Each year, 15 June marks World Elder Abuse Awareness Day, a day internationally recognised by the United Nations.
Southern Cross Care (WA) (SCC) is just one service provider that recognises elder abuse as a prevalent issue in the community.
Rosemary Hogan, SCC head of residential care, says she believes this issue needs ongoing attention by the aged care industry as a whole to ensure the rights of the elderly are protected.
"The issue is transparent and openly discussed in our facilities. We are vigilant in maintaining our processes and systems across all our facilities specifically related to elder abuse," Ms Hogan says.
“We have policies, processes, monitoring registers and reporting systems in place to ensure the rights of residents are maintained. In particular we pay close attention to residents living with dementia or cognitive issues," she says.
In addition, SCC has information available in its facilities for family and residents on what to do should they have any concerns.
"We take it so seriously that we also measure it in our annual staff survey by asking staff how they rate us on identifying, reporting and actioning elder abuse," Ms Hogan says.
Elder abuse often tends to take place in the person’s own home, by their adult children, other family members or carers. Elder abuse can take different forms, including physical abuse, emotional abuse, sexual assault, financial exploitation or neglect by caregivers.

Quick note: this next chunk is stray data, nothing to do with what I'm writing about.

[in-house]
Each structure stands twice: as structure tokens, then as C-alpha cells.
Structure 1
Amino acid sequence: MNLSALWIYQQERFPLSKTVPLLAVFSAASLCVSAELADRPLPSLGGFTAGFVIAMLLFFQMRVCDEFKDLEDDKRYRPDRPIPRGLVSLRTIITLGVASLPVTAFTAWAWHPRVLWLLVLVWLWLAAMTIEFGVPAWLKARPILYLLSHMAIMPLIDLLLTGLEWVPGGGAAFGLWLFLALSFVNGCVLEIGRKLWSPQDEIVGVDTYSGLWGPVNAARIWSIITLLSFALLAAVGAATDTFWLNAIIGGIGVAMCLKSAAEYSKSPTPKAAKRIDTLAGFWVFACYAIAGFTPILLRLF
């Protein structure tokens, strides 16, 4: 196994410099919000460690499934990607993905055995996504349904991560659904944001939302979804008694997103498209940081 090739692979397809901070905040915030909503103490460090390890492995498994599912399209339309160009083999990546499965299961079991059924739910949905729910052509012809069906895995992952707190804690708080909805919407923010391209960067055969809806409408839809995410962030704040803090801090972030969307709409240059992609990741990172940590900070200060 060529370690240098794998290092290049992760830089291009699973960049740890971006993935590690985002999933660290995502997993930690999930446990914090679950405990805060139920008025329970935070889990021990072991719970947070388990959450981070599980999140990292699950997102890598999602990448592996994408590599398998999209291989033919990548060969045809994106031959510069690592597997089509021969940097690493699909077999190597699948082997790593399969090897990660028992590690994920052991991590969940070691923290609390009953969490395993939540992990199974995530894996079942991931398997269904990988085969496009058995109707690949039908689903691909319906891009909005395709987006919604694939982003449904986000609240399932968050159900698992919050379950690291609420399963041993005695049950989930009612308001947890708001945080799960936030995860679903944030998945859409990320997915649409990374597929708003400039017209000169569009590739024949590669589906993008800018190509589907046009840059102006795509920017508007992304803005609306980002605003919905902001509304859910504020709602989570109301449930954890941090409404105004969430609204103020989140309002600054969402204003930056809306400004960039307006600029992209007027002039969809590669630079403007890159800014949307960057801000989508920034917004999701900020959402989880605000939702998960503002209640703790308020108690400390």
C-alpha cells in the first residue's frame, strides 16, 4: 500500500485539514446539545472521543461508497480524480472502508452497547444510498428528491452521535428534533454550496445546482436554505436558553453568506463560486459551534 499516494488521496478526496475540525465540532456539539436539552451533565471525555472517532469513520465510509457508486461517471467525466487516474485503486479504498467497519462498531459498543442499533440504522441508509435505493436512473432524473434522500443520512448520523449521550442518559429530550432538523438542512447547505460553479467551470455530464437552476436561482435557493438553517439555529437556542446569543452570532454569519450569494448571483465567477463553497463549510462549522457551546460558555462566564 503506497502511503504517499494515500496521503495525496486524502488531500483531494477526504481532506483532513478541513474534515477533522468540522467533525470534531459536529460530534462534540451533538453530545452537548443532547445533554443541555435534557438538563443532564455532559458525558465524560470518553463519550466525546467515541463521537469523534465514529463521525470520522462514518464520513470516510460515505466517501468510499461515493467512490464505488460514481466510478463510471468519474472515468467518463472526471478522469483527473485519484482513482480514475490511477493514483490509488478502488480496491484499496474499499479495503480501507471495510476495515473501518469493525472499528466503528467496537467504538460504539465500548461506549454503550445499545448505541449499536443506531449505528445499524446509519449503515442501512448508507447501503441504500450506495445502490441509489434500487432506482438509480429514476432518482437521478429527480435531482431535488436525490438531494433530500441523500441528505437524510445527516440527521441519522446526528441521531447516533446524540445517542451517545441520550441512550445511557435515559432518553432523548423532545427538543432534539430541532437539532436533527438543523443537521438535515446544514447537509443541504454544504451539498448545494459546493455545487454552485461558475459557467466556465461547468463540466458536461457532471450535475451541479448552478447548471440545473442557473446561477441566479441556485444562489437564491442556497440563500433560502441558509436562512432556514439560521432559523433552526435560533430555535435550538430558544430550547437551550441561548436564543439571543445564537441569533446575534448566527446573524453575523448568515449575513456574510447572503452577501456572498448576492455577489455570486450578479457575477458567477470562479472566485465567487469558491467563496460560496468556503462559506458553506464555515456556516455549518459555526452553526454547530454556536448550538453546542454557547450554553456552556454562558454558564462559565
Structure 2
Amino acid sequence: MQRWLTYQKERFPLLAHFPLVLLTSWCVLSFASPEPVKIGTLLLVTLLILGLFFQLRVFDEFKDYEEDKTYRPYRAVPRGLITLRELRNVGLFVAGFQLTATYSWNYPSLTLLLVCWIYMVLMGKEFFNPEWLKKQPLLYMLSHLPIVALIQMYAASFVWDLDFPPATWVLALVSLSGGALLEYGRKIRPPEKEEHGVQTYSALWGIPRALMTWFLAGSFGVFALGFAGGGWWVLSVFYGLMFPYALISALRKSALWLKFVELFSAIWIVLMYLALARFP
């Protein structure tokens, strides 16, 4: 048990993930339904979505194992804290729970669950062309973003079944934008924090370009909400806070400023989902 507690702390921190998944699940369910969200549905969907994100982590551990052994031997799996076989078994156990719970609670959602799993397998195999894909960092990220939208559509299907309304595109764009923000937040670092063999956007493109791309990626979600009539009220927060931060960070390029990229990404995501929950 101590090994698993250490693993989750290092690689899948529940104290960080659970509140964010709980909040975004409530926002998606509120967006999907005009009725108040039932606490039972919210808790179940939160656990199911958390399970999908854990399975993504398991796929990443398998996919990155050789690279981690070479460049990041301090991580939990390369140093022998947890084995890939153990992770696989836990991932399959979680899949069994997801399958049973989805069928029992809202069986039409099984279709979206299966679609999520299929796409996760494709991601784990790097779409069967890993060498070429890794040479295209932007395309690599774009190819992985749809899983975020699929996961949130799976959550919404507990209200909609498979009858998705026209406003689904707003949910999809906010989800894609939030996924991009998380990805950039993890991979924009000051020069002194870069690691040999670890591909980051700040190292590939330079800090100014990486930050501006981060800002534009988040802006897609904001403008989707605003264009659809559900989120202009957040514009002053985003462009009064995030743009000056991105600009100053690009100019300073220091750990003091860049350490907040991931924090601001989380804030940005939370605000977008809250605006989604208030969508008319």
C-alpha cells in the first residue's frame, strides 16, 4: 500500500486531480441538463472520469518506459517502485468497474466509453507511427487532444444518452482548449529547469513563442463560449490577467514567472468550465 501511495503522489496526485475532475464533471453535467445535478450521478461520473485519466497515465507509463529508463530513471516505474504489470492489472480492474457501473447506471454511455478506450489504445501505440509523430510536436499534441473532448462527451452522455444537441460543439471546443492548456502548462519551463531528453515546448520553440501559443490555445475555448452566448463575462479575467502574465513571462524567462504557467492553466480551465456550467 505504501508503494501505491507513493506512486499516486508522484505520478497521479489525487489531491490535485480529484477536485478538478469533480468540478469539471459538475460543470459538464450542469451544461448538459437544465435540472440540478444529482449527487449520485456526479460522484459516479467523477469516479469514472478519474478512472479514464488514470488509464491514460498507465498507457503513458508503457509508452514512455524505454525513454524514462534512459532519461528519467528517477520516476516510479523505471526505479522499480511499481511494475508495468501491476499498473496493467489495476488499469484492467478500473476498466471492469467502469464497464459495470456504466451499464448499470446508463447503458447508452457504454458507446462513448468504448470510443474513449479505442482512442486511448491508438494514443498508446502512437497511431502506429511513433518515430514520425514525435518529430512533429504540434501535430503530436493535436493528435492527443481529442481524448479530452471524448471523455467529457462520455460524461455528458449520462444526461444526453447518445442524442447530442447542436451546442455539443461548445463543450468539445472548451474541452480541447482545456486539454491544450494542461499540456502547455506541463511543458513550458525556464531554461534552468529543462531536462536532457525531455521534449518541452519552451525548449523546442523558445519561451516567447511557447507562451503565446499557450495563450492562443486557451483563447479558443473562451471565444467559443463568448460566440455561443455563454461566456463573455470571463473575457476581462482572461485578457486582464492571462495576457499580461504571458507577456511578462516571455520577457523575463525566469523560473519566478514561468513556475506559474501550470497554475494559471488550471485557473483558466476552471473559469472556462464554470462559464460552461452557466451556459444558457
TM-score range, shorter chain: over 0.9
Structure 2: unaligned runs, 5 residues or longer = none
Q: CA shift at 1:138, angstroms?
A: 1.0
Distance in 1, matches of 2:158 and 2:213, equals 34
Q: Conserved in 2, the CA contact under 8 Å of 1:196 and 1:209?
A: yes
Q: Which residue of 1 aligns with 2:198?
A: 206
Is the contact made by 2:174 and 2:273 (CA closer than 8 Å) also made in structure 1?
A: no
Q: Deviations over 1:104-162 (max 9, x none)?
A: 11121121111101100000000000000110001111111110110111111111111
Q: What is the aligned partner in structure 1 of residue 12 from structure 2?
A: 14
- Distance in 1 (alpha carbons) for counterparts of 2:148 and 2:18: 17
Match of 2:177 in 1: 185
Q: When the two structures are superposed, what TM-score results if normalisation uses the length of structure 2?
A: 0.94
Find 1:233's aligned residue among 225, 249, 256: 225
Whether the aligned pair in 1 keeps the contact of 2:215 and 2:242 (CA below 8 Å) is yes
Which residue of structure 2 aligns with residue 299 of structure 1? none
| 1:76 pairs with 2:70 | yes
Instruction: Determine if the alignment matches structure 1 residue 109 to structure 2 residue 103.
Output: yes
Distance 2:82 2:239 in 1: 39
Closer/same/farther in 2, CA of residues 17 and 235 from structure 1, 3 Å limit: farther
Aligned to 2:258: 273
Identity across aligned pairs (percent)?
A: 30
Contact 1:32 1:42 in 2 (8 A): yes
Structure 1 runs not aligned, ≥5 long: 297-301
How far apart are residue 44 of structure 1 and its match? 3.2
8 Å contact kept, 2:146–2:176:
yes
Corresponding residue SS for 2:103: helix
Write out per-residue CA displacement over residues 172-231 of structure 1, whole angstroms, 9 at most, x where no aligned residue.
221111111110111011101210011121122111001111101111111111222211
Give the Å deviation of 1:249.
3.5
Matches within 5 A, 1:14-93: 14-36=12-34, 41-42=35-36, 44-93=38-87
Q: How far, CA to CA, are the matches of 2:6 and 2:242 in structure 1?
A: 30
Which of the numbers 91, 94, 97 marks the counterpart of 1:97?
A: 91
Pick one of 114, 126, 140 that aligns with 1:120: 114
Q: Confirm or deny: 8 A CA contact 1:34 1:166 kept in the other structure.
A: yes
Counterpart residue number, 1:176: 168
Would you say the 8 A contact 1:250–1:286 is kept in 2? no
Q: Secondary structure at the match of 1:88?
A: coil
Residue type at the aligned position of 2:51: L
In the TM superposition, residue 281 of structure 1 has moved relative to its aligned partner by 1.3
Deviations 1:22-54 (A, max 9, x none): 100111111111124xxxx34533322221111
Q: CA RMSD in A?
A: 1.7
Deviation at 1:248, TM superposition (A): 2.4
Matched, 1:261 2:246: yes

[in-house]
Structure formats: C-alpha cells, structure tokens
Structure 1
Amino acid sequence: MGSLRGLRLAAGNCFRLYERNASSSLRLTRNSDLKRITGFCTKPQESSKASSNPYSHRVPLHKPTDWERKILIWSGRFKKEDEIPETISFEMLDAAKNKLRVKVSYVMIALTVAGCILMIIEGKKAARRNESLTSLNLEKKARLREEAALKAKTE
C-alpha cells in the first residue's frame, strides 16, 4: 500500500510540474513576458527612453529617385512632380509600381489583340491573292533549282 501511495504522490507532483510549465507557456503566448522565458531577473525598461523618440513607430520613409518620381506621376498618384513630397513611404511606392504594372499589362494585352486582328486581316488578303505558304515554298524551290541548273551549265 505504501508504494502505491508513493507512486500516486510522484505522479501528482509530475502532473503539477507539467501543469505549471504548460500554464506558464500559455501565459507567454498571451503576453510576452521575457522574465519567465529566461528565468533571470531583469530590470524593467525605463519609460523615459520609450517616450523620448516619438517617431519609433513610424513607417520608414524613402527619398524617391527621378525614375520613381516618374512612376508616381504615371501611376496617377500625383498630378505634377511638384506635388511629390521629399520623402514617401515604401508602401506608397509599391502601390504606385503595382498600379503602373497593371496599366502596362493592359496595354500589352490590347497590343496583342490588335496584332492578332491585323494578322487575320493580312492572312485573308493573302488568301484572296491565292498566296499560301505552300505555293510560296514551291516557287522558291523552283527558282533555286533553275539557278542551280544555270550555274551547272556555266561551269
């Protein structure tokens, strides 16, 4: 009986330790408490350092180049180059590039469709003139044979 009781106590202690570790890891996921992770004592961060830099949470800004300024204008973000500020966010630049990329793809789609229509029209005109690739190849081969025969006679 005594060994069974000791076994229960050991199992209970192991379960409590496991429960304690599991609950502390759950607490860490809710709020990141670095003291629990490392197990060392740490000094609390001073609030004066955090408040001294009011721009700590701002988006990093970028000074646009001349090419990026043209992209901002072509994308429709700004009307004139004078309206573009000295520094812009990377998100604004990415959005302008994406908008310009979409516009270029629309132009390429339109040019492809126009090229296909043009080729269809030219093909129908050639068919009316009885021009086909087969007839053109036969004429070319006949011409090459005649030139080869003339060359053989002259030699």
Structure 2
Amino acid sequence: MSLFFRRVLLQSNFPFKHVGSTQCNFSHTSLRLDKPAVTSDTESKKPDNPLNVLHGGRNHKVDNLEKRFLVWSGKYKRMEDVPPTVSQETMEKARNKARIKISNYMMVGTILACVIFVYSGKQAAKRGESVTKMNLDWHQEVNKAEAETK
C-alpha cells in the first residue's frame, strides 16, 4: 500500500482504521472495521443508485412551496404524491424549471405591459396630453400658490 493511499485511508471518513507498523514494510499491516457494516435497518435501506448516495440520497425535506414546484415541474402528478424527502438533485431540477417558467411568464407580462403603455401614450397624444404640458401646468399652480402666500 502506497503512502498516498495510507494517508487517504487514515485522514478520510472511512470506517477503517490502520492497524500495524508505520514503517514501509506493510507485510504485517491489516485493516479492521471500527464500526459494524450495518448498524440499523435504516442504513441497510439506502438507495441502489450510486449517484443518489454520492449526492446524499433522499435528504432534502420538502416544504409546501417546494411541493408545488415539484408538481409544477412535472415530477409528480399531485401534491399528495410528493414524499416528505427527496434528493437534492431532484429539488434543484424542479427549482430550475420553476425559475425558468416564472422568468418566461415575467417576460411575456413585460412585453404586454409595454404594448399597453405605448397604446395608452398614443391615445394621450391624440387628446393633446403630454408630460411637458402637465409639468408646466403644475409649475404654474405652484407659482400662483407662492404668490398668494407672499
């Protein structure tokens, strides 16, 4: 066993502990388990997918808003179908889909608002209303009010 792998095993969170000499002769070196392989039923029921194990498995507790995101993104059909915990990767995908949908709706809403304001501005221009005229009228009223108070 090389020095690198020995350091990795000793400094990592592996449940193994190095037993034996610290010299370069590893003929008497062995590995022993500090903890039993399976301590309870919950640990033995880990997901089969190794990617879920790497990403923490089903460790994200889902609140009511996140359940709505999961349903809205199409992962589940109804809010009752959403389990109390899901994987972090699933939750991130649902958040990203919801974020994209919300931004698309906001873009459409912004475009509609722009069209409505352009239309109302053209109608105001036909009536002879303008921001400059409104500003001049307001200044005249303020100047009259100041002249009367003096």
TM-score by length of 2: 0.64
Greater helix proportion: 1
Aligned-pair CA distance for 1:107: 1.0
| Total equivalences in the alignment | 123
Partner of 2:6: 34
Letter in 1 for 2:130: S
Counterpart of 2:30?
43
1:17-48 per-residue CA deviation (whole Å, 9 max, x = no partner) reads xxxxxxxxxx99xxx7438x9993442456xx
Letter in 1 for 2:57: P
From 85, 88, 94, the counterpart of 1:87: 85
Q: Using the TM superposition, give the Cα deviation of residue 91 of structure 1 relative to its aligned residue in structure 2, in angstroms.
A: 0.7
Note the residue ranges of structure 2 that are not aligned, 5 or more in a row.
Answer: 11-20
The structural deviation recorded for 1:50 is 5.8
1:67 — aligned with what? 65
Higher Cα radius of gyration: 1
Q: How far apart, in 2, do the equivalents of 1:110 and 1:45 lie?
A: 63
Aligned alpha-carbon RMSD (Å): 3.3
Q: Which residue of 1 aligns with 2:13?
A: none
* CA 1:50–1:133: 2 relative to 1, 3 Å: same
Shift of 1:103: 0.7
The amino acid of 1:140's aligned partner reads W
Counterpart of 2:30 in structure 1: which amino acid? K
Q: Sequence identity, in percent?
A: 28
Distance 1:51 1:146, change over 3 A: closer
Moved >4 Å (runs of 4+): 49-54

In Victoria, to commemorate World Elder Abuse Awareness Day, Martin Foley, Victorian Minister for Housing, Disability and Ageing, will light up the Melbourne Town Hall in purple. Seniors Rights Victoria will host the function from 6pm to 8pm in the Portico room of the Melbourne Town Hall (90-120 Swanston Street, Melbourne). Guest speakers include: Deputy Lord Mayor Susan Riley; Seniors Rights Victoria’s manager, Jenny Blakey; and comedian Rod Quantock.
Latest figures compiled by the National Ageing Research Institute of Seniors Rights Victoria data over a two year period show financial abuse and psychological/emotional abuse are the most common forms of abuse reported by older Victorians (81.82%).
Victims are most likely to be female (72.5%), and the perpetrators are 60% male and 40% female.
“Elder abuse is a critical but under recognised family violence issue. It is very important to shine light on the problem. Elder abuse will only increase in Australia as our population ages," Ms Blakey says.
Seniors Rights Victoria will make a submission to the Royal Commission into Family Violence.